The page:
RICHMOND, Va. (CN) - A police sergeant claims in court that he was fired for telling a CBS news reporter that his colleagues talked about killing President Barack Obama at a speaking event during his 2012 campaign.
Ronnie Brown sued the City of Richmond, Police Chief Ray Tarasovic, four other high-ranking cops or former cops, and the city's Chief Administrative Officer, in City Court, alleging wrongful firing and constitutional violations.
Brown claims the fiasco began unrolling in May 2012 during a roll call on the day that President Obama was scheduled to speak at the Siegel Center in Richmond, a building on the Virginia Commonwealth University campus. Richmond police were to help provide security.
"On that date, Brown witnessed inappropriate comments made by two officers during roll call at the Fourth Precinct," the complaint states. "Brown and other officers heard two officers suggest inter alia that another officer should fire shots at the presidential event and it would be good to see the President's stage being bombed."
Brown says he filed a complaint with his supervising officer, but no action was taken.
Later in May, he says, he spoke to a local TV news station, which altered his voice to disguise his identity.
According to the complaint, he told a reporter for CBS affiliate WTVR: "There was an officer who was providing exterior security to the President on that day on the phone with a supervisor. The supervisor said to that particular officer, 'You're down there right? So, you can take a couple of shots. You might have to kill yourself, but you can take a couple shots.'"
The transcript of the news broadcast then quotes the reporter, Sandra Jones, and adds: "[Altered Voice of Source:] Another officer in the background started talking, and he said, 'Yeah, somebody should plant a bomb underneath the stage while they're on there and blow it up." (Brackets as cited in complaint.)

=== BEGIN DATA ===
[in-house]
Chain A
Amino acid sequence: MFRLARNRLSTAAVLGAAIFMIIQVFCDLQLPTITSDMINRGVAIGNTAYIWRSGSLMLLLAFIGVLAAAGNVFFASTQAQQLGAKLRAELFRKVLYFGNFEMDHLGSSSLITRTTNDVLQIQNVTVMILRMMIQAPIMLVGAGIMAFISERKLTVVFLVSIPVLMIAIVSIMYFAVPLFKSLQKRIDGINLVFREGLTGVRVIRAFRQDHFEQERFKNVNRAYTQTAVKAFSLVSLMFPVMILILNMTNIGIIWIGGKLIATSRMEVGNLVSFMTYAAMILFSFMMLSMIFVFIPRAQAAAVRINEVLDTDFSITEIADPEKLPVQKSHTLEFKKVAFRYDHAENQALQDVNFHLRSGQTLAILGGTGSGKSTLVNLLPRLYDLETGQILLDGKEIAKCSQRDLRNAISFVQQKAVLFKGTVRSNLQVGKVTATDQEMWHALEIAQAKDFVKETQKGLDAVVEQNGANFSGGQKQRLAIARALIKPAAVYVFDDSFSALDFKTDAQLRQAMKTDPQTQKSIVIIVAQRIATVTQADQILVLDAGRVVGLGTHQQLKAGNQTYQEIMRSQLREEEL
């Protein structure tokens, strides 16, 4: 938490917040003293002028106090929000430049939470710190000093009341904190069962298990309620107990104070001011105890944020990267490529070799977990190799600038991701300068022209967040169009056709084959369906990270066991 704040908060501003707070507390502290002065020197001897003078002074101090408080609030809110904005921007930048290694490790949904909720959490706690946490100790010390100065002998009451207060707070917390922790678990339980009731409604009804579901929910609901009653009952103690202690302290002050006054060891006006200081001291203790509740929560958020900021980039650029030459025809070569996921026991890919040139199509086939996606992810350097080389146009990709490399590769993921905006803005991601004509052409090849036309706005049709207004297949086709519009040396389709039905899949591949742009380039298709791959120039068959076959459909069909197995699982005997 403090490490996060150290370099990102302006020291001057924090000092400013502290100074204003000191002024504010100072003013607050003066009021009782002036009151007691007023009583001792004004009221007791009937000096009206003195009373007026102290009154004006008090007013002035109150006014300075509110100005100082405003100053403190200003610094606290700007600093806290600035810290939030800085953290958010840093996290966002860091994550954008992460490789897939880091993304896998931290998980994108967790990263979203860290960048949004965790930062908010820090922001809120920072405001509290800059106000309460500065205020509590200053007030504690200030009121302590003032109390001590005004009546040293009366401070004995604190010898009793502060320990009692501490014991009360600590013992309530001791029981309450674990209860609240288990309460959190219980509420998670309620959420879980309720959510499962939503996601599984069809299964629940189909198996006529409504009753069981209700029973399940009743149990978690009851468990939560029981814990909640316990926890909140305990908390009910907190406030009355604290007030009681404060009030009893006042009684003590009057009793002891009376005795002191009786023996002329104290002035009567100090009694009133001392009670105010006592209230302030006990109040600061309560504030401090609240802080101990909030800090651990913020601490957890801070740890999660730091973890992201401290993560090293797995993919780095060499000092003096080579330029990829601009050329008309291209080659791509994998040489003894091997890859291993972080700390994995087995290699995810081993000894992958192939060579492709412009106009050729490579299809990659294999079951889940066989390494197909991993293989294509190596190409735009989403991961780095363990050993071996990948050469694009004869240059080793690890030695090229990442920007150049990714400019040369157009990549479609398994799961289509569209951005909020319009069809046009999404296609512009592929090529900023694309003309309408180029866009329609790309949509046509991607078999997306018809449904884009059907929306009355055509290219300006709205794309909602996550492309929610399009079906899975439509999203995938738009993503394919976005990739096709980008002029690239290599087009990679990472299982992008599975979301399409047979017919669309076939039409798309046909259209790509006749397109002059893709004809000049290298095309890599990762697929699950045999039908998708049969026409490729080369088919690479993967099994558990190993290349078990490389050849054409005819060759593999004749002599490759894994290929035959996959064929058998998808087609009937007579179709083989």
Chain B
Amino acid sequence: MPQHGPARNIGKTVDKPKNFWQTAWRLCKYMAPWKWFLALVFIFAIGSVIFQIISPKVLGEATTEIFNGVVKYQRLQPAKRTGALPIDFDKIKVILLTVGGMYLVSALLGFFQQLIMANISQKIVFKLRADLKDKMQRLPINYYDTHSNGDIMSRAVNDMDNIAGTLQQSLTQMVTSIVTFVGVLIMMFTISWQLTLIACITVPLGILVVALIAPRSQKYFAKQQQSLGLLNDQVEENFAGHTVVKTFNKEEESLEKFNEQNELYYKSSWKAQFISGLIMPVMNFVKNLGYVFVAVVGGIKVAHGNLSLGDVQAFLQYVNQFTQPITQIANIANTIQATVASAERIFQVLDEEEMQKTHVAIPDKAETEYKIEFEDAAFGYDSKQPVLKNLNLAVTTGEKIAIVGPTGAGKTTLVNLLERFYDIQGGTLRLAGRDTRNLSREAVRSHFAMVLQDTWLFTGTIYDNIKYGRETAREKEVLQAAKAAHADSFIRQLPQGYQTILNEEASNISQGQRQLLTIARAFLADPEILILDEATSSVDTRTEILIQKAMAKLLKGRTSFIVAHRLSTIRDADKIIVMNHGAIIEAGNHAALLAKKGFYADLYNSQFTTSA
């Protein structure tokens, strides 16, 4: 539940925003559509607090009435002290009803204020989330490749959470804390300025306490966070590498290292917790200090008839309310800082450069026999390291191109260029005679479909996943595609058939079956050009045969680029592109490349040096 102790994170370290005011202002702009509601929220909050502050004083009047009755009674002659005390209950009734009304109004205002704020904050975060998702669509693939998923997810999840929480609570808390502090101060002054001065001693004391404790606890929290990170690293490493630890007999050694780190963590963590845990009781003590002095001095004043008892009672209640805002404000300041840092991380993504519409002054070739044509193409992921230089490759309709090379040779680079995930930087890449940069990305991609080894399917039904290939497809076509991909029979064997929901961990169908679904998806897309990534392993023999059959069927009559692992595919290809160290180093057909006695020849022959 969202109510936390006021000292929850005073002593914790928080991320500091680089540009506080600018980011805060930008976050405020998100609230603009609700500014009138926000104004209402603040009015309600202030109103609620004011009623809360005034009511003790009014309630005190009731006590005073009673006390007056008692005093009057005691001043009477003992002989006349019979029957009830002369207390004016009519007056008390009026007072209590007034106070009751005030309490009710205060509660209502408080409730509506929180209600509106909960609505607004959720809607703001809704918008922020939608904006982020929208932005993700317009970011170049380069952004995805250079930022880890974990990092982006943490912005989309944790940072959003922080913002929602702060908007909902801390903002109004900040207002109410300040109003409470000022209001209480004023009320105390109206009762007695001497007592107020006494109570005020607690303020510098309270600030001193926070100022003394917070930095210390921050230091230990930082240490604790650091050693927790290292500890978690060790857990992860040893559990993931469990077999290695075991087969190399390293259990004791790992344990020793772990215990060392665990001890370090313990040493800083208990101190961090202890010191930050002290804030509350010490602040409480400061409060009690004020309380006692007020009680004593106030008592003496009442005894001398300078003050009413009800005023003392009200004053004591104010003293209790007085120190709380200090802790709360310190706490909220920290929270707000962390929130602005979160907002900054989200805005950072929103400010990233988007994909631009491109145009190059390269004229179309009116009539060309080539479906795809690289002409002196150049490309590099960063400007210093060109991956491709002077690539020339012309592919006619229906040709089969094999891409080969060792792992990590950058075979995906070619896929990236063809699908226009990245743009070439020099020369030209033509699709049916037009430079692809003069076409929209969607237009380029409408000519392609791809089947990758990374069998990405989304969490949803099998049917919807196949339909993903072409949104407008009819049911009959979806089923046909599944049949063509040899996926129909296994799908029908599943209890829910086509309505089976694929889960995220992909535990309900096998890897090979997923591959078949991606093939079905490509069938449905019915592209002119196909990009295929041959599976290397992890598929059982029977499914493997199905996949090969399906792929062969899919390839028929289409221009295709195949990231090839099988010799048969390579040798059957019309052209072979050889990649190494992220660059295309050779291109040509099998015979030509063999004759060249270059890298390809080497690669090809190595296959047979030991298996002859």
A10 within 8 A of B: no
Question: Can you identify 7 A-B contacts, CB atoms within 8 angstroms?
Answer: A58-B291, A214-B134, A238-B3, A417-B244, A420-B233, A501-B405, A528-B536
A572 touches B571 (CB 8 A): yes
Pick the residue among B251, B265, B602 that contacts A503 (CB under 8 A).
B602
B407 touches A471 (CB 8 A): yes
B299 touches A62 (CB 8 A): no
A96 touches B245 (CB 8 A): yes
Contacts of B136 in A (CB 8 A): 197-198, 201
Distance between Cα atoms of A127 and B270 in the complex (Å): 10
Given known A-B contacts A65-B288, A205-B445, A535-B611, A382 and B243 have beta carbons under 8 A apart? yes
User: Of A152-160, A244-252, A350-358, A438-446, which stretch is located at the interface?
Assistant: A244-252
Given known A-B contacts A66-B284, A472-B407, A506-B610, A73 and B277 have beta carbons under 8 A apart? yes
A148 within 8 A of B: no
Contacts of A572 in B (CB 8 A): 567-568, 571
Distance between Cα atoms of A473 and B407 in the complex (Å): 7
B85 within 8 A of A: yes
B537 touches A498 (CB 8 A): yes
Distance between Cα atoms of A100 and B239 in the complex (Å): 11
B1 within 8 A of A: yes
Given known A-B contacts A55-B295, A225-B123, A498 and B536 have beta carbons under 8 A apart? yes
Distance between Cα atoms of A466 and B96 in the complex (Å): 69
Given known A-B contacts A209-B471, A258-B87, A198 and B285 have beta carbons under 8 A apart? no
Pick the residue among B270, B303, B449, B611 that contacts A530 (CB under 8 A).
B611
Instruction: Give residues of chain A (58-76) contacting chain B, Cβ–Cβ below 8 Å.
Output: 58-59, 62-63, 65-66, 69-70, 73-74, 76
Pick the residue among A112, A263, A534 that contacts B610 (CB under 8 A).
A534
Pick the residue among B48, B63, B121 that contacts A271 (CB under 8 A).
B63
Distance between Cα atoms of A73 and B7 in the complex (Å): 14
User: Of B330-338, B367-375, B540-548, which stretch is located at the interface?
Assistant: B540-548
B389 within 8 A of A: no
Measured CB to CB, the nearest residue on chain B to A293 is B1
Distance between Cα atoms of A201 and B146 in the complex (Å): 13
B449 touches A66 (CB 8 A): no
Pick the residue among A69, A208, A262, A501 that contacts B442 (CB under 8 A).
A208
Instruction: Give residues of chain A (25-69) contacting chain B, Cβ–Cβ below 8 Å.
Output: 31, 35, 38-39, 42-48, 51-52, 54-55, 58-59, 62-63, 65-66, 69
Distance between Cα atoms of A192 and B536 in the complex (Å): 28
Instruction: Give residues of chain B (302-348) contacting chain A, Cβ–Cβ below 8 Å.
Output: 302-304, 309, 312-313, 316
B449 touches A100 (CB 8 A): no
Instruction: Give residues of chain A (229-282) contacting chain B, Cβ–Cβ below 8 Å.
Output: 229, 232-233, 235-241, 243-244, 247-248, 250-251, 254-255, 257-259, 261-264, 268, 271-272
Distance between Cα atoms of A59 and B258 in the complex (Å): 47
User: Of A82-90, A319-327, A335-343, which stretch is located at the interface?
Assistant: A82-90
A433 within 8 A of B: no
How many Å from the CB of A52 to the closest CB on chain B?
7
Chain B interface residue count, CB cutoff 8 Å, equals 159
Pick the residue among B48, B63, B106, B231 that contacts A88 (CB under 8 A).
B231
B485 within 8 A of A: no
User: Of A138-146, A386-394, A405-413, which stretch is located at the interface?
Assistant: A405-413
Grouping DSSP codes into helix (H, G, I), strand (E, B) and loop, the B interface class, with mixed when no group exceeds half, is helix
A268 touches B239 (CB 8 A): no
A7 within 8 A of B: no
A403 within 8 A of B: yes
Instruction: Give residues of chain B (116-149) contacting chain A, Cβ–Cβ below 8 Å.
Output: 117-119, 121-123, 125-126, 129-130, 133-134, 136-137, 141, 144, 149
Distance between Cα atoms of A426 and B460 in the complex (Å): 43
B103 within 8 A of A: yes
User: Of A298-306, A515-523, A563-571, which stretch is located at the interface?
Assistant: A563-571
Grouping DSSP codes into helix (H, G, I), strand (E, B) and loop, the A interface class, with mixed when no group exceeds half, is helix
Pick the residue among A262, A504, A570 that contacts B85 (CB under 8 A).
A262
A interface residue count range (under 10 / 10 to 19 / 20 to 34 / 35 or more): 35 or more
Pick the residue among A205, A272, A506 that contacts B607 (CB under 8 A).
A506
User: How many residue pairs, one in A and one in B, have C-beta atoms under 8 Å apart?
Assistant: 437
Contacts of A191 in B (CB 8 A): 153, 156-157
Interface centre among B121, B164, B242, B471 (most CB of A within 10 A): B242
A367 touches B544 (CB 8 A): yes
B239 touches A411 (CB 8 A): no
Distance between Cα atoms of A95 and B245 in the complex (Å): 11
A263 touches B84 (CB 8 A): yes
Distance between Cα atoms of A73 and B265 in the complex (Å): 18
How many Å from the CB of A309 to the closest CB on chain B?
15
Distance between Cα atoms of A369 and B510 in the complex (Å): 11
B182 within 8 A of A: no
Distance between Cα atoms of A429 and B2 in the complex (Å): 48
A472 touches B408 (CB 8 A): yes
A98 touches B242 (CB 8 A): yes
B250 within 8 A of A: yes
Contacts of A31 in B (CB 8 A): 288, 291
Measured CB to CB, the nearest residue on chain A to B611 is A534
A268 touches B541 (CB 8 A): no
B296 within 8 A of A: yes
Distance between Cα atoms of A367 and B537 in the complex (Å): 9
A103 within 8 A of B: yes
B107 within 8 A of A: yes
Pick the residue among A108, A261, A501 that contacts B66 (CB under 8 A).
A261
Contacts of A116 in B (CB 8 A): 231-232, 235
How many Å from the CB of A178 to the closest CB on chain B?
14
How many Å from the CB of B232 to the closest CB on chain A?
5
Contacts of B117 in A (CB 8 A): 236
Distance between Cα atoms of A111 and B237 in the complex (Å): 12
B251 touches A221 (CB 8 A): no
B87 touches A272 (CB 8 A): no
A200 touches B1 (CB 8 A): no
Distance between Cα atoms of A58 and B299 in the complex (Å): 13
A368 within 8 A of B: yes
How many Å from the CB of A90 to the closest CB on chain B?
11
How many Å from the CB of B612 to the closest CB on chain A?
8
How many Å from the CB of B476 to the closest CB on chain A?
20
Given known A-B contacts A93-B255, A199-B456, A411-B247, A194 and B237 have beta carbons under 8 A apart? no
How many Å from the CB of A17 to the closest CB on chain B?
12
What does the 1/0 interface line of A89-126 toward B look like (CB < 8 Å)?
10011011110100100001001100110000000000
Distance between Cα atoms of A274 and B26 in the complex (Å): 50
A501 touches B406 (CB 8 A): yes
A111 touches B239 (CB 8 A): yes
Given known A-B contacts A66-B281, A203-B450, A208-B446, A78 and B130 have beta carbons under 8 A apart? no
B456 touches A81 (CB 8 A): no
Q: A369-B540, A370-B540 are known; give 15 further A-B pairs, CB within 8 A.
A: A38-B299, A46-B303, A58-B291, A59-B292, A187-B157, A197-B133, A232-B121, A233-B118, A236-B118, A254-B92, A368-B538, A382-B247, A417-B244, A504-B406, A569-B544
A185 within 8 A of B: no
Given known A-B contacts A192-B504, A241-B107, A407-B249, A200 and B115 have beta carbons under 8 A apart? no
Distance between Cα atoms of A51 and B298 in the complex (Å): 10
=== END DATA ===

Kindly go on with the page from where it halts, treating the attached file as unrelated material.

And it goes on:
Brown says he told the reporter that another officer said, "Nobody wants to see [Michelle Obama] anyway unless she gets undressed or naked."
Brown says the police department sent a copy of the news story to the Virginia Division of Consolidated Laboratory Services, which restored his altered voice, identifying him as the anonymous source.
"Having decided that Brown was the individual who spoke to the press about the incidents he witnessed, on July 16, 2012, the Richmond Police Department opened an official internal investigation into Brown's involvement in the actions regarding the WTVR news story," the complaint states.
"The statement to the media was the sole motivation for the Richmond Police Department to initiate this internal investigation, and the investigation was designed to intimidate and punish Brown for making statements they believed he made to the press about the incidents he witnessed, which statement justly exposed the Richmond Police Department and its officers to public censure and scrutiny. This investigation was further designed and intended to intimidate other officers and employees of the Richmond Police Department from exercising their free speech and other constitutional rights in a manner that the Richmond Police Department would not support."
Brown says he was fired in February 2013 as punishment for talking to the press.
Named as defendants in addition to Tarasovic are former Chief of Police Bryan Norwood, police Capt. Roger Russell, Capt. Linda Samuel, Maj. Sydney Collier, and Chief Administrative Officer Byron Marshall.
Brown seeks $2 million in compensatory damages and $350,000 in punitive damages.
He is represented by Thomas Roberts.
It is a federal crime to threaten to kill the president.
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